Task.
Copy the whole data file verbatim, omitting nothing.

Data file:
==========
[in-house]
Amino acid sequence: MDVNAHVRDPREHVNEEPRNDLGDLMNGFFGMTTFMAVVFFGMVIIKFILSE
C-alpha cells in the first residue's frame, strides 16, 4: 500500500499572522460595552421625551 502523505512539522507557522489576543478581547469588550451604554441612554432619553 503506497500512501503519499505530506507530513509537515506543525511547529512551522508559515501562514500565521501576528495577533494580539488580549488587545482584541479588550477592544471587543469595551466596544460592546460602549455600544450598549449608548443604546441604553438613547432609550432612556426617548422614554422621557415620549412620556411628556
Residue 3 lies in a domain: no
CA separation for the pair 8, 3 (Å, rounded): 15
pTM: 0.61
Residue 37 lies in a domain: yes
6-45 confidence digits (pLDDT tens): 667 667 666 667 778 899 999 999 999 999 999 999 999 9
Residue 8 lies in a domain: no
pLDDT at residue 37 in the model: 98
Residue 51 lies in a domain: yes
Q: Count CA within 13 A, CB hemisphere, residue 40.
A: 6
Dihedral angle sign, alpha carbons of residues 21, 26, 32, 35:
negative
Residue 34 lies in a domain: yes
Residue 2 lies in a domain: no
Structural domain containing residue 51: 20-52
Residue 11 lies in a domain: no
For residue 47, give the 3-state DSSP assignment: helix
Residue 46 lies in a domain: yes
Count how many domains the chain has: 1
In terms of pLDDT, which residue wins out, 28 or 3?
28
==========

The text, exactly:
[in-house]
Amino acid sequence: MDVNAHVRDPREHVNEEPRNDLGDLMNGFFGMTTFMAVVFFGMVIIKFILSE
C-alpha cells in the first residue's frame, strides 16, 4: 500500500499572522460595552421625551 502523505512539522507557522489576543478581547469588550451604554441612554432619553 503506497500512501503519499505530506507530513509537515506543525511547529512551522508559515501562514500565521501576528495577533494580539488580549488587545482584541479588550477592544471587543469595551466596544460592546460602549455600544450598549449608548443604546441604553438613547432609550432612556426617548422614554422621557415620549412620556411628556
Residue 3 lies in a domain: no
CA separation for the pair 8, 3 (Å, rounded): 15
pTM: 0.61
Residue 37 lies in a domain: yes
6-45 confidence digits (pLDDT tens): 667 667 666 667 778 899 999 999 999 999 999 999 999 9
Residue 8 lies in a domain: no
pLDDT at residue 37 in the model: 98
Residue 51 lies in a domain: yes
Q: Count CA within 13 A, CB hemisphere, residue 40.
A: 6
Dihedral angle sign, alpha carbons of residues 21, 26, 32, 35:
negative
Residue 34 lies in a domain: yes
Residue 2 lies in a domain: no
Structural domain containing residue 51: 20-52
Residue 11 lies in a domain: no
For residue 47, give the 3-state DSSP assignment: helix
Residue 46 lies in a domain: yes
Count how many domains the chain has: 1
In terms of pLDDT, which residue wins out, 28 or 3?
28